At a time when urban infrastructure projects take years to plan and come to fruition, there's a lot we can learn from the development of Disney's theme parks. Disneyland in Anaheim, California took 366 days to build - an accomplishment that would be considered ludicrous by most public development authorities today.
After watching the Imagineering Story on Disney Plus, I became more interested in the development of Disney World - Walt Disney's last great accomplishment before his passing in 1966.
While learning about the development of Disneyworld, I came across the creation of the Reedy Creek Improvement District. This is formally designated as a special district and known as the governing jurisdiction for the Disney World Resort (covering over 100 km2).
Today, we see a number of challenges when it comes to forming public-private partnerships (e.g. Sidewalk Labs in Toronto). I find it quite remarkable how Walt Disney and his brother, Roy Disney, pulled off the feat of creating and securing control over the Reedy Creek Improvement District.
What is a Special District?
The U.S. Census Bureau defines a special district as an "independent special-purpose governmental units (other than school district governments) that exist as separate entities with substantial administrative and fiscal independence from general-purpose local governments."
The History of Special Districts
1800s: States were faced with an increased demand for infrastructure improvements. Special districts were created to issue bonds to pay for the projects - eliminating the need to drastically raise taxes. As with most new debt instruments, some districts overused this vehicle - leading a financial panic and consequent limitations on the use of special districts.
1930s: President Roosevelt (during the great depression) brought back special districts as an efficient governmental form for accomplishing specific tasks. This led to the completion of several infrastructure projects including the Tennessee Valley Authority - an agency that developed agriculture, commerce and industry in the valley; and built the hydroelectric Wilson Dam.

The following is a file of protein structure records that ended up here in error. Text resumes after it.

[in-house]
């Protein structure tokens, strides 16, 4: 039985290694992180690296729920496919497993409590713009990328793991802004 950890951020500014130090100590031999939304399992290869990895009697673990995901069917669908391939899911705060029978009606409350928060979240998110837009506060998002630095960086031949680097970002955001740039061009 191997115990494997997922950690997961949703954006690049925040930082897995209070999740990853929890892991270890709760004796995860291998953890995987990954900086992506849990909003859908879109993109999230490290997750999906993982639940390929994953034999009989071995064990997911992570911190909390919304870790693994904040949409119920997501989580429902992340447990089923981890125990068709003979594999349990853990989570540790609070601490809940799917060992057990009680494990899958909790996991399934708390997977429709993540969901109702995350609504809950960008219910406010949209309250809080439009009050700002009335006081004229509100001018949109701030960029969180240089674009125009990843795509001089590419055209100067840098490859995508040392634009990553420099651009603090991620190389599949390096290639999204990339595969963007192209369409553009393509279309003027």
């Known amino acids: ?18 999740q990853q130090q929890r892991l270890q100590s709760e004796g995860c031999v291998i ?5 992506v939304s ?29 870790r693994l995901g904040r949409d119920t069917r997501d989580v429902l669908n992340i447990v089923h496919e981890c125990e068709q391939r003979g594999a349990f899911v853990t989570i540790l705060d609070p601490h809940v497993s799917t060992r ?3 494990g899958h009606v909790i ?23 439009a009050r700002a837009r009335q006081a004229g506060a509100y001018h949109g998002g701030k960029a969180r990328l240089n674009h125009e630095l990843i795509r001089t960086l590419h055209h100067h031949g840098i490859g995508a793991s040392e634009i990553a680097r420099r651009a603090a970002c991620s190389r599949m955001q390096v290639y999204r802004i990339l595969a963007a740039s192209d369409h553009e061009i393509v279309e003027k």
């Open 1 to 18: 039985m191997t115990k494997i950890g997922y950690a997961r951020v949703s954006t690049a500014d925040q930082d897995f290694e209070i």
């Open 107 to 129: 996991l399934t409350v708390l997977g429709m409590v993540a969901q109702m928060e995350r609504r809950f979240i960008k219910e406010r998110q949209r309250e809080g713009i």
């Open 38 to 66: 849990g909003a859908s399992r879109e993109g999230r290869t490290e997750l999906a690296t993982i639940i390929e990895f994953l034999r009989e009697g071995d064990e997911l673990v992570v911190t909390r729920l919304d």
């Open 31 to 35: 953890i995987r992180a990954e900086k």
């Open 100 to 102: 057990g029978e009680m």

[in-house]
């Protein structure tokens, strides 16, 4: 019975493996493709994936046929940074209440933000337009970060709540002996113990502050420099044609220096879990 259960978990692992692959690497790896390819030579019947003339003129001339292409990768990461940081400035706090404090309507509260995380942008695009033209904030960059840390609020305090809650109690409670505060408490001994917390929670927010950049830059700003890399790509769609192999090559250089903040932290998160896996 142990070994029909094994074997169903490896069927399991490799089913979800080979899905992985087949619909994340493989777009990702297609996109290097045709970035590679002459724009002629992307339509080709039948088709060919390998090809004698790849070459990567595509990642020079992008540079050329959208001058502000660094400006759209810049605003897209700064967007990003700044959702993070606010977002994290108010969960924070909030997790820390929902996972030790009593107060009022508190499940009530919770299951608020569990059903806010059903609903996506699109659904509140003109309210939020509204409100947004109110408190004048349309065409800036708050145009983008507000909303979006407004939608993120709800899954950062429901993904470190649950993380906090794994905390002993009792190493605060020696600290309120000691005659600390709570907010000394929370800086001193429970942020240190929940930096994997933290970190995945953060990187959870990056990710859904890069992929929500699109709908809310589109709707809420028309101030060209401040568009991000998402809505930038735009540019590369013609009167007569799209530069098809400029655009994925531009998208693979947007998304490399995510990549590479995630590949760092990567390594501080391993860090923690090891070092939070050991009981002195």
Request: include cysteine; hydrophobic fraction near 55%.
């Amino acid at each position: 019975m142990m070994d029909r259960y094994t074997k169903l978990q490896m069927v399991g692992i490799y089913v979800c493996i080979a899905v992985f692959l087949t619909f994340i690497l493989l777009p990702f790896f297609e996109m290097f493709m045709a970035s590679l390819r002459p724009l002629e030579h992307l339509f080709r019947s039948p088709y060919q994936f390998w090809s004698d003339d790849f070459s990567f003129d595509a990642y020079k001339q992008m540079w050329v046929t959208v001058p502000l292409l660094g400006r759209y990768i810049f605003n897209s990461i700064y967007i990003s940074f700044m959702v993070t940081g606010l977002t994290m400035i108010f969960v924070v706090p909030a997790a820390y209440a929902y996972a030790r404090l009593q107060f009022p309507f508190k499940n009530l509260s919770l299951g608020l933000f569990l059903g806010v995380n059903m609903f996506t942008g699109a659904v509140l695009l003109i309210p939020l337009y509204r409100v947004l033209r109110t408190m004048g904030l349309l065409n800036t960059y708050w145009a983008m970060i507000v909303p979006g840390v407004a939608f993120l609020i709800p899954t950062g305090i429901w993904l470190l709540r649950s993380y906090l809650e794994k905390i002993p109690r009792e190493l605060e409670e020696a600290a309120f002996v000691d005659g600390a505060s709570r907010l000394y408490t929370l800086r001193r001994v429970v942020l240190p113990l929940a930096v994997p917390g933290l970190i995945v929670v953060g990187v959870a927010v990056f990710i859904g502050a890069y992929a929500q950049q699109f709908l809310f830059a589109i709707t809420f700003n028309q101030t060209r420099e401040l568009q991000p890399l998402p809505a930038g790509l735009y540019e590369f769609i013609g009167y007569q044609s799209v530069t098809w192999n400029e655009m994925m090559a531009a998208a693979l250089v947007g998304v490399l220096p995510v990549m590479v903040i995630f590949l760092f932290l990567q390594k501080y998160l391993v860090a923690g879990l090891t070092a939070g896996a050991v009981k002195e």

1950s: Leaders of the special districts began to work more closely with state and local executives and more importantly private entrepreneurs. Former New York Governor Nelson Rockefeller was particularly a big proponent of this shift - creating over 20 special districts from 1959 to 1974.
1980s - Onwards: As local governments operate with reduced federal support, municipalities have created the business improvement district (a certain type of special district) to finance and drive economic activity in segments of larger cities.
In the 2012 census, there were 37,203 special districts across the U.S - ranging across several purposes such as fire districts, water districts, library districts and transit authorities.
What Makes The Reedy Creek Improvement District Unique?
Most special districts have very specific powers (e.g. fire protection, water service, waste management and etc). Reedy Creek combines a lot of these powers under one entity - giving the Disney team the ability to create one of the world's largest theme parks.
How Did Disney Pull This Off?
By 1965, Disney had selected Central Florida as their location for Disney World and acquired over 27,000 acres of land for slightly more than $5 million.
The next step involved the creation of a governing strategy for the new development - an event that's also known as the Project Future Seminar. During this four day internal meeting, Disney officials started to realize the need for co-operation with local counties. Key issues that came up included:
- The tax structure and the classification of the property as it was being developed. Disney wanted to keep large undeveloped portions of the land classified as agricultural land to avoid being taxed at higher commercial rates.
- The liability and tax benefits of establishing Disney's own drainage district.
- The applicability of local planning and zoning for the site.
A hallmark characteristic and a key concern for Walt Disney was the need to control the entire region. This led to the idea of creating a municipality where voting rights would be limited to landowners (Disney).